When the Island had Fish is the story of a tiny island, Vinalhaven Maine, that offers a close look at the significant history of Maine fishing particularly, but also offers perspective on the impact of industrialized fishing on small fishing villages all over the United States and the world. Vinalhaven’s documented habitation by fishermen dates back over 5000 years, and still today lobstering is the primary source of employment for its 1100 year round residents; islanders currently harvest lobsters at a rate almost unrivaled nationally.
The book investigates the changing meanings of the notion of a “fishing community” and of community members changing relationships with the natural world and with international commerce. Through this broader lens, it sheds light on the way that species, including humans, are impacted by – and at moments contribute to - climate change, environmental degradation, and sustainable and unsustainable uses of natural resources.
When the Island had Fish also provides a meditation on America’s past and future. Vinalhaven’s fishing history is in every way America’s history. It’s a story of habitations by native peoples and European-American settlers, their use of natural resources, their communities and kin, and their efforts to find ways to live in a harsh environment. Anyone interested in creating a viable collective future will learn from reading about the Penobscot Bay fisheries and fishermen, and about Vinalhaven’s citizens’ expansive knowledge of craft, husbandry, self-governance and community independence, and interdependence.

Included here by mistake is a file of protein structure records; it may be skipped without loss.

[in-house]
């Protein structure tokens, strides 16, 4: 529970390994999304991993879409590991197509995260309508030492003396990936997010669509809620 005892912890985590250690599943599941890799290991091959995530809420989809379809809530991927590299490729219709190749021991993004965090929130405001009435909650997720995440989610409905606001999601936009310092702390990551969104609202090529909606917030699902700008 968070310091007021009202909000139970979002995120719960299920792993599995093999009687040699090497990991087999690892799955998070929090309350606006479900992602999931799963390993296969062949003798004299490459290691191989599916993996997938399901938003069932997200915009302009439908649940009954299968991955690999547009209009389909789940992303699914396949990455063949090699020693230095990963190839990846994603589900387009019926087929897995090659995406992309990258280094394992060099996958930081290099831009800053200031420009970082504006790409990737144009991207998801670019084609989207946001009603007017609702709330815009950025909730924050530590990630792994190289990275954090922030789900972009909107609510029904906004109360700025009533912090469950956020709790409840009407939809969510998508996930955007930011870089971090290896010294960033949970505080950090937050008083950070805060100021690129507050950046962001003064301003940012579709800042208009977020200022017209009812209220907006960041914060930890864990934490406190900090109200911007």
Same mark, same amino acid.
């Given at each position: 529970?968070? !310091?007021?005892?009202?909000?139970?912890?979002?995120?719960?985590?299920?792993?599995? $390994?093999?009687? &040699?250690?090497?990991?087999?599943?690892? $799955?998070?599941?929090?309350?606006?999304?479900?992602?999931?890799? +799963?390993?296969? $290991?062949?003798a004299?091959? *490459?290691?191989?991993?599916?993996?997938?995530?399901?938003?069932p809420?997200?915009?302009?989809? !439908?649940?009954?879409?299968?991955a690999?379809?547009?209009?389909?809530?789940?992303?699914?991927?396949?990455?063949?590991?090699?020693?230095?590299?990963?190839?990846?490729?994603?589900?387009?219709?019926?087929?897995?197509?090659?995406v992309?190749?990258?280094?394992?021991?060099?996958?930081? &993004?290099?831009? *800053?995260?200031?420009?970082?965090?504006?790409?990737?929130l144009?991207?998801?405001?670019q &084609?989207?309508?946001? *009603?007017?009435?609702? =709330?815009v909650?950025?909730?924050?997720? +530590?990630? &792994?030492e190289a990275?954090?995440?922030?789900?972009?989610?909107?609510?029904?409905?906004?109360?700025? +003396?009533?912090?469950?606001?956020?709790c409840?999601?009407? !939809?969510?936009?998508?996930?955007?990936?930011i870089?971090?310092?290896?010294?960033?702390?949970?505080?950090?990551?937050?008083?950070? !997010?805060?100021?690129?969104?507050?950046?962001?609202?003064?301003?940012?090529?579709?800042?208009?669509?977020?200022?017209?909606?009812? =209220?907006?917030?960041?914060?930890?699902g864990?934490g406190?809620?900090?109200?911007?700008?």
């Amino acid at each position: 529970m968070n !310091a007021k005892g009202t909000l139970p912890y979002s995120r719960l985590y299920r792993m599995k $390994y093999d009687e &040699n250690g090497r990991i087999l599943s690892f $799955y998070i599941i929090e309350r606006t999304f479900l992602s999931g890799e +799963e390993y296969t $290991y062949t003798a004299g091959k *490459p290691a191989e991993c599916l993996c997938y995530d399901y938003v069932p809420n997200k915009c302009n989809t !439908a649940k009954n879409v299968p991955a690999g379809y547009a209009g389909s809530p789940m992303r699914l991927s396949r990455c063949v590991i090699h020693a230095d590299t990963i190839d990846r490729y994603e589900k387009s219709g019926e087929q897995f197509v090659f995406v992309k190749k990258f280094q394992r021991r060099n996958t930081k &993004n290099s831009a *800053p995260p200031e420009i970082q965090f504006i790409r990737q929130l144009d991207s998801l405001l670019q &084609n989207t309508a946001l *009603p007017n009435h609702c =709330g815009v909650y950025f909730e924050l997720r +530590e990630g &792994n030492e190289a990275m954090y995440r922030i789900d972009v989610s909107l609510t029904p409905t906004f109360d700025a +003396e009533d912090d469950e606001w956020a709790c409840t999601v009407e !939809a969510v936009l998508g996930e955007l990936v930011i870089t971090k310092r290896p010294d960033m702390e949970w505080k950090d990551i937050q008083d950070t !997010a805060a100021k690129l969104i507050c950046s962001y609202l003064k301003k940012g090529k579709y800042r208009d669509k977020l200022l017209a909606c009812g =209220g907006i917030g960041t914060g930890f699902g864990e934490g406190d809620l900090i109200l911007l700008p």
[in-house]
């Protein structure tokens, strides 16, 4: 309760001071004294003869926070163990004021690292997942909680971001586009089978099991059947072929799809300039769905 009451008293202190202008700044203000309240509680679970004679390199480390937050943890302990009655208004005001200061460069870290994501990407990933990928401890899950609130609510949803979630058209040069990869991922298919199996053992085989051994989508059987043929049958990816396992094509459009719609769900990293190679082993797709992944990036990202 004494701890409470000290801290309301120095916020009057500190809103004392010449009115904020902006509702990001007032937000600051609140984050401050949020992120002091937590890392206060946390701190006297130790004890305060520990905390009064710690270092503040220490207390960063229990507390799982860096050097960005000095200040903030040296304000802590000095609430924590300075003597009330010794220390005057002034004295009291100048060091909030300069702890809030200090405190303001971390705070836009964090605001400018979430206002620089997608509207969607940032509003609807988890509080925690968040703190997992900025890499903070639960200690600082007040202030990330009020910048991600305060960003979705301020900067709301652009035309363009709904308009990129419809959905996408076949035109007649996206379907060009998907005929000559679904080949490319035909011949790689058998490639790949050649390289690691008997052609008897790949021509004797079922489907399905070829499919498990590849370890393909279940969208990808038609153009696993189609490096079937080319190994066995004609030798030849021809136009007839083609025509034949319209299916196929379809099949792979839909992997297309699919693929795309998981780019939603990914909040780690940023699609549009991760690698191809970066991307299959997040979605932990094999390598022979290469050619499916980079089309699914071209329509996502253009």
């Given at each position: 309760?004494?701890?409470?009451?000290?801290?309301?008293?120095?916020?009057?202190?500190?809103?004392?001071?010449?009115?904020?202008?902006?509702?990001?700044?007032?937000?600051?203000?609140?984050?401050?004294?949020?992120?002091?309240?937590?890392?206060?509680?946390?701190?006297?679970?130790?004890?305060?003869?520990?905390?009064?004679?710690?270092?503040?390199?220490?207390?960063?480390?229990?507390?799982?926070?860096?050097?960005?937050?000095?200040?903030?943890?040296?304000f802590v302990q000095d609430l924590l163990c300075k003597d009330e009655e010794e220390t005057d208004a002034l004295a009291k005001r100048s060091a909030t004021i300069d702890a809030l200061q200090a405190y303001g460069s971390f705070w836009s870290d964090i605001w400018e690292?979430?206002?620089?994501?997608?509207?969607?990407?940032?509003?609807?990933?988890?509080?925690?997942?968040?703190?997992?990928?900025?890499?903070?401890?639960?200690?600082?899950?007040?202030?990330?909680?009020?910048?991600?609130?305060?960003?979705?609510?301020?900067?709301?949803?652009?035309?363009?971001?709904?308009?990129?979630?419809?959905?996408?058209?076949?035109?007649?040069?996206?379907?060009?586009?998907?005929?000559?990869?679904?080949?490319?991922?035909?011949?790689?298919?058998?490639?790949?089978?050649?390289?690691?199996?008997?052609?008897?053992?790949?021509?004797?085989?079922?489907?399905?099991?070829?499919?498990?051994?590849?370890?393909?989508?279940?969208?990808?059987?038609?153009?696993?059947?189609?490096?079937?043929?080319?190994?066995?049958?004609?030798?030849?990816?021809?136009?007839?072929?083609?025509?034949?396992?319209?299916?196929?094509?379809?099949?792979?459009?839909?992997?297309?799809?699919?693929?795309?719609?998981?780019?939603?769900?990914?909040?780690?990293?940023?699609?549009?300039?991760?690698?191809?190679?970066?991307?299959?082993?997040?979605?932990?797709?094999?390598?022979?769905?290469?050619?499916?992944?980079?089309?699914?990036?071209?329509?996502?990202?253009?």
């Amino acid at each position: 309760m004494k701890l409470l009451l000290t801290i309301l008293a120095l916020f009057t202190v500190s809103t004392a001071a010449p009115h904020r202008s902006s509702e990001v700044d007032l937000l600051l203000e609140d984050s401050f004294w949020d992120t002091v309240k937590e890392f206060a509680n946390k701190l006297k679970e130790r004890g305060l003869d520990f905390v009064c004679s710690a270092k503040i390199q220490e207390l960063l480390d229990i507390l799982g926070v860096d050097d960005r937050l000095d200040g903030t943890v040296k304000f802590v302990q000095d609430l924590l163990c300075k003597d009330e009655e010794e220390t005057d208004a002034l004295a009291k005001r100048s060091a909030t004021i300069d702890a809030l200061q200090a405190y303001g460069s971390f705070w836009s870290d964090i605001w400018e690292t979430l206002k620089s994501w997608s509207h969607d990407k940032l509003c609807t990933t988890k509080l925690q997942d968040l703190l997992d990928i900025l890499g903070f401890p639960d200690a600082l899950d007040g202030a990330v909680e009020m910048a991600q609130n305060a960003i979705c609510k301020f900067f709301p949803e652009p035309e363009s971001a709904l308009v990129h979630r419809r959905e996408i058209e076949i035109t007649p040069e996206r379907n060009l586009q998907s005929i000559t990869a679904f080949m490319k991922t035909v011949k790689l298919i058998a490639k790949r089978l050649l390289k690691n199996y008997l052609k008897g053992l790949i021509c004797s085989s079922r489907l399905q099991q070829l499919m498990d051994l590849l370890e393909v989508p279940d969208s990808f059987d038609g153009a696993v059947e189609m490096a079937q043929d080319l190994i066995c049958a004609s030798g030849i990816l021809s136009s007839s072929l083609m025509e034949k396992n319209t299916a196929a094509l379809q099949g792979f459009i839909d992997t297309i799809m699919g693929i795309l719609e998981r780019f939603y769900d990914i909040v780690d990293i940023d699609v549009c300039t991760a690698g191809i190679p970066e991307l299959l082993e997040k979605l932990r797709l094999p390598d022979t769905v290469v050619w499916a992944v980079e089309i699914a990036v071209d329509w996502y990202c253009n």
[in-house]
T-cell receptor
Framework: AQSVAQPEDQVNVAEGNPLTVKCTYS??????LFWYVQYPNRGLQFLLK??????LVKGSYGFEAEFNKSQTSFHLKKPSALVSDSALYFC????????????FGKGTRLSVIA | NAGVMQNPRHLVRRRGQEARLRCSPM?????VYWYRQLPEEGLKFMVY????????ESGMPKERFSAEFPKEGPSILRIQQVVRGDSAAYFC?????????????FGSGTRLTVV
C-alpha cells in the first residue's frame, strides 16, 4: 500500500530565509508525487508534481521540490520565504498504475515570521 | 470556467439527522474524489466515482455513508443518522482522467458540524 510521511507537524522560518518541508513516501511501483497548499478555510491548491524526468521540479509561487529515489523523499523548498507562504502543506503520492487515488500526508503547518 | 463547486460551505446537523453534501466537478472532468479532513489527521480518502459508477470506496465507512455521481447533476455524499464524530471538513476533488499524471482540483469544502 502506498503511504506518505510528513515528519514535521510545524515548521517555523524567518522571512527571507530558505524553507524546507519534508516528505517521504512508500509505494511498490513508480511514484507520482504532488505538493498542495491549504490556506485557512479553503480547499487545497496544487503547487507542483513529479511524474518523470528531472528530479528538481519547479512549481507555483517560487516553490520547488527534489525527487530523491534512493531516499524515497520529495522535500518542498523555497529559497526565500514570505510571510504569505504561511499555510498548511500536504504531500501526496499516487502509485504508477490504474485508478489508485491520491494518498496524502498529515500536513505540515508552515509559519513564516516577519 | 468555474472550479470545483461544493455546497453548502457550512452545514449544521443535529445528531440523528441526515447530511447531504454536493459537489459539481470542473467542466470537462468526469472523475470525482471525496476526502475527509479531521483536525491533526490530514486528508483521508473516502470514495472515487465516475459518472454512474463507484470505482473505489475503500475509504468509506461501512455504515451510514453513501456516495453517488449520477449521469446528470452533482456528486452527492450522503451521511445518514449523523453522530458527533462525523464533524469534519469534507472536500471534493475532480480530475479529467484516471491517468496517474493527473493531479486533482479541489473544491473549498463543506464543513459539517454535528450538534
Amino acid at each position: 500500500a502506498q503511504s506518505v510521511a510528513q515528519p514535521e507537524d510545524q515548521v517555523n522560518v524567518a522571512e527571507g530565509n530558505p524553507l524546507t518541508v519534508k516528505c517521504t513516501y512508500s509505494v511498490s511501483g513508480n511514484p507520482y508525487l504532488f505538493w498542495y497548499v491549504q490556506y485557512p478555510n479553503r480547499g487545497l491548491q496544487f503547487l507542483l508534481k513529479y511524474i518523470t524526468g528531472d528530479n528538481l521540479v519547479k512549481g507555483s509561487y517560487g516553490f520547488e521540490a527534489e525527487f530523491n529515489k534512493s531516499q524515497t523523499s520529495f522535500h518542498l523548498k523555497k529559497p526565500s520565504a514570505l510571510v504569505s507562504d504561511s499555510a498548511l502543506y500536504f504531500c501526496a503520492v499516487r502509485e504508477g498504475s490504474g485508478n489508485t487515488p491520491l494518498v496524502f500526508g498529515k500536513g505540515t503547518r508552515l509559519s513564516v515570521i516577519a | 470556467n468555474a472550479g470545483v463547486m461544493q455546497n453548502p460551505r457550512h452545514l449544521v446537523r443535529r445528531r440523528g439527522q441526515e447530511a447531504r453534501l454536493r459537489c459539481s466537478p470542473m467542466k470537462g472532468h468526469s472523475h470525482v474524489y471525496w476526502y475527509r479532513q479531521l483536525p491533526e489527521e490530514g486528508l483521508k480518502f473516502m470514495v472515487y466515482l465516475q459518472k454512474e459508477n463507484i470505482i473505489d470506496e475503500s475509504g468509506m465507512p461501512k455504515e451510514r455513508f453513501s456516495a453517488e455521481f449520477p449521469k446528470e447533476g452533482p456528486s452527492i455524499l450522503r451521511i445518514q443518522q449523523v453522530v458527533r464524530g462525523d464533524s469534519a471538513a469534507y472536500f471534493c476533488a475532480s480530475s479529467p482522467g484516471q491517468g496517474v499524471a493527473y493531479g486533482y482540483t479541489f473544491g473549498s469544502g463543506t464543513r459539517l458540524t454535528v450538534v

Janna Malamud Smith has lectured and has published widely nationally and internationally. She is the author of four books. The first two, Private Matters. (1997) and A Potent Spell. (2003) were chosen as “Notable Books” by The New York Times Sunday Book Review. Her third, “My Father is a book.” (2006) was selected as a Washington Post Best Book of the Year, and a New York Times Editor’s Choice. Two of her essays were reprinted in Best American Essays. Her most recent book is An Absorbing Errand: How Artists and Craftsmen Make their way to Mastery (2013). She writes regularly for Cognoscenti, an opinion website for WBUR a Boston NPR station.